Not-for-profit Law
Legal help for community organisations

Former Supreme Court judge in RSL (NSW Branch) investigation calls for uniform fundraising laws

Please change your location to view this page.

This page contains content that does not match your current location

The inquiry

An independent inquiry into the fundraising activities and governance of the Returned Services League, has recommended the ‘introduction of a single unified Australian statutory regime for the regulation of charitable fundraising’.

Former Supreme Court judge, the Honourable P A Bergin SC was appointed by the NSW Government to inquire into The Returned Services League of Australia (NSW Branch) (NSW RSL), RSL Welfare and Benevolent Institution and RSL LifeCare Limited. The Report of the Inquiry under the Charitable Fundraising Act 1991, released on 12 February 2018, uncovered widespread ignorance in each of the RSL entities of the Charitable Fundraising Act 1991 (NSW), the Charitable Fundraising Regulation 2015 (NSW) and the terms of the fundraising authorities.

The year-long investigation into the three RSL entities was largely triggered by reports that former NSW RSL president Don Rowe misused hundreds of thousands of dollars on his corporate credit card, including the use of NSW RSL funds to pay for the telephone bills of his family, make cash withdrawals for daily living, and to pay for one of his daughters to stay at Sydney’s Hyde Park Inn.

The inquiry was critical of serious governance failures of the former directors of the RSL entities. In one example, the directors of RSL LifeCare approved their own consultancy contracts and approved increases in their consulting fees. Bergin SC found ample evidence of cronyism, ineptitude and a lack of understanding or appreciation of directors’ obligations in dealing with conflicts of interest to ensure the transparency and accountability in respect of funds raised from the public.

Recommendations

Bergin SC made 26 recommendations calling for sweeping reform of fundraising regulations, the need for executive members and the management team (particularly the Fundraising Manager) to complete further education in fundraising through the Fundraising Institute of Australia, and the referral of Mr Rowe and state councillors to the relevant authorities (NSW Police, ASIC and the Australian Charities and Not-for-profits Commission (ACNC)) for further investigation. These referrals highlight that there are already considerable protections in the general law (eg, Crimes Act, corporations law) to deal with serious misconduct, such as fraud. Not-for-profit Law is not persuaded that more prescriptive NSW-based fundraising laws (with increased offence provisions) would have prevented what occurred, or overcome any gap in the actions that can now be taken by these authorities.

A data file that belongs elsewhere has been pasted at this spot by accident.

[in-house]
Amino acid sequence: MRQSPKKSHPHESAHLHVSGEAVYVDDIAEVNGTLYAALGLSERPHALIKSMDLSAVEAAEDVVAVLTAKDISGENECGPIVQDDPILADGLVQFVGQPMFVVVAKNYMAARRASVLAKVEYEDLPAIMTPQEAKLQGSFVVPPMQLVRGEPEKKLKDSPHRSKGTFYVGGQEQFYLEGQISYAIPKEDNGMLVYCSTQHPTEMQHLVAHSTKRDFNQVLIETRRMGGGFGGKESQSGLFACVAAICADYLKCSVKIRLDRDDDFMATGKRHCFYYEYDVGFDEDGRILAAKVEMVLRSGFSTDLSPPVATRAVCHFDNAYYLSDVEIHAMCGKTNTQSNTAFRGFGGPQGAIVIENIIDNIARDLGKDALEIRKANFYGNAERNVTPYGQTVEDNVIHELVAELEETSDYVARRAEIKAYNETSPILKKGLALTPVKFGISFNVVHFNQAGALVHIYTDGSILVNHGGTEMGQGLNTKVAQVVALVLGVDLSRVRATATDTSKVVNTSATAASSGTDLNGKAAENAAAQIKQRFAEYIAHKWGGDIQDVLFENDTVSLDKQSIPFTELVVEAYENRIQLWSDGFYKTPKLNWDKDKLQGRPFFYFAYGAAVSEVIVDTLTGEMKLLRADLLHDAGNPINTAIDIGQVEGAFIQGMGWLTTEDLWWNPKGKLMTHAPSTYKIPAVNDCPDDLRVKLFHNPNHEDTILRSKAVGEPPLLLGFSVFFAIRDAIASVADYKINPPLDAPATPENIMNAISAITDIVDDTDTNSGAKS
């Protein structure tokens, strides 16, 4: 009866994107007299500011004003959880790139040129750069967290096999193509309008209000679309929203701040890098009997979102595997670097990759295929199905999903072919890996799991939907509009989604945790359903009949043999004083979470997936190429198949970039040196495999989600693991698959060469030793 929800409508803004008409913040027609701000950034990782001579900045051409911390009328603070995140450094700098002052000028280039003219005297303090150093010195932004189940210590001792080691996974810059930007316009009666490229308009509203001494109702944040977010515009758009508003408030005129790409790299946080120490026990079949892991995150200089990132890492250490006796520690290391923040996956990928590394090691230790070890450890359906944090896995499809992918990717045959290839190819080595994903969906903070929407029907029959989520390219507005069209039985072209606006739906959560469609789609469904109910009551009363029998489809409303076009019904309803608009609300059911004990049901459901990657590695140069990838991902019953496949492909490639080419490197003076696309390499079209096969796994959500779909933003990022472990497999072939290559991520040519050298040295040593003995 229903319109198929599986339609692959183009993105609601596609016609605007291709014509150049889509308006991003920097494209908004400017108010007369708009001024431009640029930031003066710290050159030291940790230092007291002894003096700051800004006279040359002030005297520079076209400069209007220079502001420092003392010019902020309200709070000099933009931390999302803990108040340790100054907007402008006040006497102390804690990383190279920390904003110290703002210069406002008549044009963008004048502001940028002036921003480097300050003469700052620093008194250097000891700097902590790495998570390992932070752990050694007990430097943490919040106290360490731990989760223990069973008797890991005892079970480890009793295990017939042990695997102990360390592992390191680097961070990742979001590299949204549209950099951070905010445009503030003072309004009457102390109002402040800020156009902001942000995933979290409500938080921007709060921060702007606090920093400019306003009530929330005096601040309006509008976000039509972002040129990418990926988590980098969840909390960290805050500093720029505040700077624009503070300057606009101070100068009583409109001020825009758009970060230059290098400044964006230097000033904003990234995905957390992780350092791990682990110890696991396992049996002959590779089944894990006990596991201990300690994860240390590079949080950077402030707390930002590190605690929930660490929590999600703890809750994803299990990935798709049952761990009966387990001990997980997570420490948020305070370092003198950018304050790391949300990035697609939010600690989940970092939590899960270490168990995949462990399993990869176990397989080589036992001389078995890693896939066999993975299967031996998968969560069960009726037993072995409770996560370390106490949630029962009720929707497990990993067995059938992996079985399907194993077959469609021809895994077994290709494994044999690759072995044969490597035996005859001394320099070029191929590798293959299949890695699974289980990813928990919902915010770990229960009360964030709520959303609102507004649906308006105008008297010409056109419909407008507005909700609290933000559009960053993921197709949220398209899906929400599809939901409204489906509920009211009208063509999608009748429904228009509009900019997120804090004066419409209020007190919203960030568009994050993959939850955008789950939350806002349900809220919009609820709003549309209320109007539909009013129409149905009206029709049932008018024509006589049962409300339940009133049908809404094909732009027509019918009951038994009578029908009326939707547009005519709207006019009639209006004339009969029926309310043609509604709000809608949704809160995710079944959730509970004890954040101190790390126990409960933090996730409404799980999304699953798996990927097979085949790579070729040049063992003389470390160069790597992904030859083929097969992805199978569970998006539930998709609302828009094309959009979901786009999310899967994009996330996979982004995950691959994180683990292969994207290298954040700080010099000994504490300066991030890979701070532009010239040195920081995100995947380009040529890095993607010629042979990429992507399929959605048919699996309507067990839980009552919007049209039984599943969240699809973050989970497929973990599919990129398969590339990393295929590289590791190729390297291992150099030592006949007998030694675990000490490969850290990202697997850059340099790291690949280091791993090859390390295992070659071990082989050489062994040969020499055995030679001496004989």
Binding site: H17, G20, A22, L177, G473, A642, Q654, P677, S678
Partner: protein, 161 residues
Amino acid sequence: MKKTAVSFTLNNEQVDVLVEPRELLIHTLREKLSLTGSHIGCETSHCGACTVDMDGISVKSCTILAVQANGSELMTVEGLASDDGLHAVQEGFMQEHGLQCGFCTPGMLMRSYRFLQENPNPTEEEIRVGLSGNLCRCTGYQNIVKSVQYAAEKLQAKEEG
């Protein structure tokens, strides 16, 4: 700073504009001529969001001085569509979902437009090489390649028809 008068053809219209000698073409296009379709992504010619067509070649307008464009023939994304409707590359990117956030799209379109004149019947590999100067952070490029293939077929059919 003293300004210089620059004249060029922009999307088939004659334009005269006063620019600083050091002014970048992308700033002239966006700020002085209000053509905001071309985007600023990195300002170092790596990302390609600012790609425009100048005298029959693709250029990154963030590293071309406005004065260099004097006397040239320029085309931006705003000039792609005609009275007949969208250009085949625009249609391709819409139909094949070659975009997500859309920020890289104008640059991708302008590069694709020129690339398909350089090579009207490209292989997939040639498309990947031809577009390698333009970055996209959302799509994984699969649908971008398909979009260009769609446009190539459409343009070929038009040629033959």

Many of the recommendations centred on fundraising regulation, including simplifying the fundraising regime established in the Charitable Fundraising Act 1991 (NSW) to remove duplication while other recommendations were more prescriptive (e.g. establishing separate bank accounts for each fundraising activity). It was also recommended that consideration be given to the introduction of a single unified Australian statutory regime for the regulation of charitable fundraising. This recommendation is consistent with our  #fixfundraising campaign (referred to by Bergin SC at paragraph 13.2.12), which advocates for the repeal of fragmented state and territory fundraising laws, the clarification and minor amendments to the Australian Consumer Law (ACL) to ensure application to fundraising activities is clear, and working with regulators and self-regulatory bodies to provide guidance to fundraisers to continue to improve fundraiser conduct. 

Not-for-profit Law believes some of the more prescriptive recommendations concerning fundraising (e.g. reporting and record keeping obligations) are more appropriately dealt with in a code of conduct within the ACL framework, that is applicable to all fundraisers (not just limited to charities) and all types of fundraising activities.

Not-for-profit Law maintains the view that the ACL is better regulation, not just more regulation. It offers a practical solution that doesn’t require a referral of powers and, under its existing multi-regulator framework, retains the existing State fundraising regulators working with the ACCC to deliver a nationally-consistent approach. The ACL balances risk with the need for a regulatory framework that supports ethical behaviour and donor protection, while providing the NFP sector a means to efficiently and effectively fundraise in efforts to achieve their mission – for the benefit of all Australians.

The ACNC has confirmed it is working with RSL charities to rectify serious governance failures and to restore confidence. RSL National has agreed to provide the ACNC with interim report findings from the forensic investigation being undertaken by KordaMentha, and any additional supporting documentation to assist the ACNC with its inquiry. Pro Bono News has further detail on RSL National's next steps in delivering a "comprehensive action plan".

Subscribe to the Update

Subscribe to the Update

Subscribe to the monthly Not-for-profit Law Update for information on changes to the law, new resources, events and other sector news.

Subscribe